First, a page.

57 Scimitar Syndrome


Clinical Presentation

A 5-year-old child presents with recurrent pneumonia.


Figure 57A

Radiologic Findings

A frontal chest radiograph (Fig. 57A1) shows situs solitus. The heart is positioned on the right with small right lung volume. The right mediastinal border is indistinct. In lateral view (Fig. 57A2), there is a band of increased density behind the sternum. The pulmonary vascularity is asymmetric with prominent vessels noted on the left.


Figure 57B CT angiogram reformatted in coronal plane (1) shows a vertical vein (ss) that drains all pulmonary veins from the right lung into the right atrium (RA)-inferior vena cava (IVC) junction. The vertical vein is similar to a scimitar (2), a Turkish sword. The left pulmonary veins connect to the left atrium (LA).


Scimitar syndrome. A CT angiogram (Fig. 57B1) shows a scimitar-shaped vein draining the entire right lung to the inferior vena cava at its junction with the right atrium.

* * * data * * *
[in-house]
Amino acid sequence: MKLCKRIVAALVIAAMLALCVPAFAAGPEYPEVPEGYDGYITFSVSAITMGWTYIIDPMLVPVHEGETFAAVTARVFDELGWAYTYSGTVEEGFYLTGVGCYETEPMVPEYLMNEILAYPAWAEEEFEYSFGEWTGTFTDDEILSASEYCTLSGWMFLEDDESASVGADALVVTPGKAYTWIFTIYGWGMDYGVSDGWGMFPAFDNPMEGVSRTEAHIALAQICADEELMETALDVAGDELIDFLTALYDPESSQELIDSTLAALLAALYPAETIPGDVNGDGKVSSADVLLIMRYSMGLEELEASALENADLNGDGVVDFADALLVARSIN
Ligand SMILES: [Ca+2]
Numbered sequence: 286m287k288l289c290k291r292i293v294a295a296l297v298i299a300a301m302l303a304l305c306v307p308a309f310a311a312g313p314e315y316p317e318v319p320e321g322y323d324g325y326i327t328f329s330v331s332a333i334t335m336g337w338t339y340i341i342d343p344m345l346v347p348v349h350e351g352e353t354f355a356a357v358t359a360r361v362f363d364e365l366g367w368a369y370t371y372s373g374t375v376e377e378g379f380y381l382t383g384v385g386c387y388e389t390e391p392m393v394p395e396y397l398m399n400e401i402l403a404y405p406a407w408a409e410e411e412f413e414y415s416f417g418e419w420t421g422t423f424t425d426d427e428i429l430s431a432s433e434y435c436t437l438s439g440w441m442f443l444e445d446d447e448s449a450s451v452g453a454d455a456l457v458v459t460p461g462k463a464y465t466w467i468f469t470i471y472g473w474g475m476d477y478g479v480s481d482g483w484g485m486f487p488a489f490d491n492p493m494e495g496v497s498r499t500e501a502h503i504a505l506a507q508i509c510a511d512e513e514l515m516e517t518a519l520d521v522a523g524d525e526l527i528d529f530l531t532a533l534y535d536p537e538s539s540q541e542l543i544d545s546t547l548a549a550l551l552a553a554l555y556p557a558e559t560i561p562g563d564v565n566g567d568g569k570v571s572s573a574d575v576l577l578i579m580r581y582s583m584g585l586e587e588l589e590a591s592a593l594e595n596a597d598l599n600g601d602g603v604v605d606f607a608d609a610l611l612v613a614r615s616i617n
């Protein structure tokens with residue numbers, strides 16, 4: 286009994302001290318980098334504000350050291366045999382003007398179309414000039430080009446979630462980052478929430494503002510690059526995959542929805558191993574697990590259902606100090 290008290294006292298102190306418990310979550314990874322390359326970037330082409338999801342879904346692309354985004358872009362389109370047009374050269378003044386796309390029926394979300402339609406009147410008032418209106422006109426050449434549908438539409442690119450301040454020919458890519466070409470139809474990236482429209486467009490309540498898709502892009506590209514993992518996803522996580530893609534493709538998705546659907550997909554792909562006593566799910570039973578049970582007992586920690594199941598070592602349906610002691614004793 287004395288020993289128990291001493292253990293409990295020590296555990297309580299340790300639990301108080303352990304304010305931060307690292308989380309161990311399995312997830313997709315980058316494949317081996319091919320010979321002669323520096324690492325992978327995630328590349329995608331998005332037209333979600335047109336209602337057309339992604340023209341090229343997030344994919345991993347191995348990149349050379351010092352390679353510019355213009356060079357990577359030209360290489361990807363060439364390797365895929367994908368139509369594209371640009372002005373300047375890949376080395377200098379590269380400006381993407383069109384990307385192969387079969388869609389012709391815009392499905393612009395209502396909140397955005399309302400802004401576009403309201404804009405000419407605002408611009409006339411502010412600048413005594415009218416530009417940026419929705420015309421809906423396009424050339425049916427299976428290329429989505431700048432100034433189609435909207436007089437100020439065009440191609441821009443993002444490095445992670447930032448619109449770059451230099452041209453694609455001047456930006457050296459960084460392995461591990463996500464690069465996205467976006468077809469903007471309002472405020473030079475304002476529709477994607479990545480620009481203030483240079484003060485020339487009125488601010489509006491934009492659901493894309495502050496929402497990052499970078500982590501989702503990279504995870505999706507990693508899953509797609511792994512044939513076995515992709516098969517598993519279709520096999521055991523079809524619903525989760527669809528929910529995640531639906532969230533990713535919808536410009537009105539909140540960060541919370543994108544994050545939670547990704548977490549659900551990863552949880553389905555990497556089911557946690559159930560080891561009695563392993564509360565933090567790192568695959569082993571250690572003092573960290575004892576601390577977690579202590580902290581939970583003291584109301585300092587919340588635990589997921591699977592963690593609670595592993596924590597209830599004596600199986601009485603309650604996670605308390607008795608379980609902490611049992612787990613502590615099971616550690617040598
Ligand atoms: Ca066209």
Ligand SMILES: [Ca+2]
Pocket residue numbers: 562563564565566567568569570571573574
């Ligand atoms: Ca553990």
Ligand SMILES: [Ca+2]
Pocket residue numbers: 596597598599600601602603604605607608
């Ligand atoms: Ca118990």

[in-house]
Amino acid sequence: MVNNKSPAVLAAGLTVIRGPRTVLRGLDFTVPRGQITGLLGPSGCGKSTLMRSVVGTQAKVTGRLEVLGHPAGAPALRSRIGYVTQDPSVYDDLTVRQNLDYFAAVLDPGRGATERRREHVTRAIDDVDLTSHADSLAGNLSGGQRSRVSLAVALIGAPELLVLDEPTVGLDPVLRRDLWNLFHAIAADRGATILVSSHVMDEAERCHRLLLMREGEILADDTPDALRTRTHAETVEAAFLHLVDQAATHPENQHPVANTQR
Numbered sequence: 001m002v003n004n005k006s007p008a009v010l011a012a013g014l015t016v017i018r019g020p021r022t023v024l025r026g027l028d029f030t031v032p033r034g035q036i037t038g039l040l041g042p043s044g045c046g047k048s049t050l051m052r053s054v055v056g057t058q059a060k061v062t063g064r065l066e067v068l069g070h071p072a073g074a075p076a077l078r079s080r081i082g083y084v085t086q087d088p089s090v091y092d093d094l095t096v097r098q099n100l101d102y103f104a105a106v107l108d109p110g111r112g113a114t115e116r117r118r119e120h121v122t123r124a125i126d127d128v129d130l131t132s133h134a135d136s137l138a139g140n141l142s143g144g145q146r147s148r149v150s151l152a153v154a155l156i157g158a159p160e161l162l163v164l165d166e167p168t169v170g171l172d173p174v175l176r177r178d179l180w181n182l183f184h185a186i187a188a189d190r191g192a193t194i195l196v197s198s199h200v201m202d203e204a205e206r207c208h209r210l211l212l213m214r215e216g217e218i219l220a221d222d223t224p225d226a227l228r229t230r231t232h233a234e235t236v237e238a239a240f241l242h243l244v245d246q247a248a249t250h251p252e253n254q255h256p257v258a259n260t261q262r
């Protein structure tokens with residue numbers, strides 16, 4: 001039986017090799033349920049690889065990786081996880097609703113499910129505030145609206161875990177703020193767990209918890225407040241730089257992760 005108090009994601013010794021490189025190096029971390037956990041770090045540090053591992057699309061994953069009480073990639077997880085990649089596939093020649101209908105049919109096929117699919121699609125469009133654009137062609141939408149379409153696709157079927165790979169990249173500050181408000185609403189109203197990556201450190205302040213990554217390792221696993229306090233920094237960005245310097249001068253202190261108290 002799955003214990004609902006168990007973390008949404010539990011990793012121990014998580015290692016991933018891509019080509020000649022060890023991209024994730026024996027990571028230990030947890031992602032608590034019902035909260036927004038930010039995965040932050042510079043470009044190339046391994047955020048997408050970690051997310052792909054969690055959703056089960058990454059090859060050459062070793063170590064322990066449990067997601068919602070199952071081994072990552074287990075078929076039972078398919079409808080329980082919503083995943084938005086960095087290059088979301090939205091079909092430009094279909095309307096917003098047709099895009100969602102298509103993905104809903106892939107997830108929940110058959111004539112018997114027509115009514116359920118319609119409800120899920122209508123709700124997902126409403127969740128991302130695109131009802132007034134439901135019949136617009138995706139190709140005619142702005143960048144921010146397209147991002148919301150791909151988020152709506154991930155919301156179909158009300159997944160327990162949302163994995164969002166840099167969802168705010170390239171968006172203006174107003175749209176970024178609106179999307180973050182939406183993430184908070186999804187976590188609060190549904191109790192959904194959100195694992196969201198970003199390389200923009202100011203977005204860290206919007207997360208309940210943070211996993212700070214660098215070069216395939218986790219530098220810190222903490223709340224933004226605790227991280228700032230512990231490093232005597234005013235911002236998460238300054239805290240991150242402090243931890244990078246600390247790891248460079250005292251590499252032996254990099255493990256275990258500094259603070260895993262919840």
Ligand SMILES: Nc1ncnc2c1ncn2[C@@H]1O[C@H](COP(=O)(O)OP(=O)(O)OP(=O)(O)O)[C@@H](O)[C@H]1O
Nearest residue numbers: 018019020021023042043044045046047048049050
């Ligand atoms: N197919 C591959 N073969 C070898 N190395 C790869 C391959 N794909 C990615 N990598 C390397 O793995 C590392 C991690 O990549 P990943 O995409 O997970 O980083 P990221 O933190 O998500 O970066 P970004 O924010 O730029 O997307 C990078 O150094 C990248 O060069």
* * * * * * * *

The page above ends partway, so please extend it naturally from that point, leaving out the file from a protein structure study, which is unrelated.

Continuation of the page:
Differential Diagnosis

Hypoplastic right lung

  • Scimitar syndrome
  • Unilateral agenesis of right pulmonary artery (Fig. 56A)
  • Primary hypoplasia of right lung
  • Swyer-James syndrome


Clinical Findings

The clinical expression of this syndrome is diverse. Some patients present with severe congestive heart failure, whereas others show pulmonary artery hypertension in infancy or early childhood. Not infrequently, scimitar syndrome is recognized in a child with recurrent pulmonary infections. It is often an incidental finding at a routine chest radiographic check in an otherwise asymptomatic adult. Factors contributing to early presentation include severely obstructed pulmonary venous connections, association with other complex cardiac malformations, and/or the presence of a large aberrant systemic arterial supply.


A scimitar is a short, curved Turkish sword (Fig. 57B2

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Dec 21, 2015 | Posted by in PEDIATRIC IMAGING | Comments Off on 57 Scimitar Syndrome

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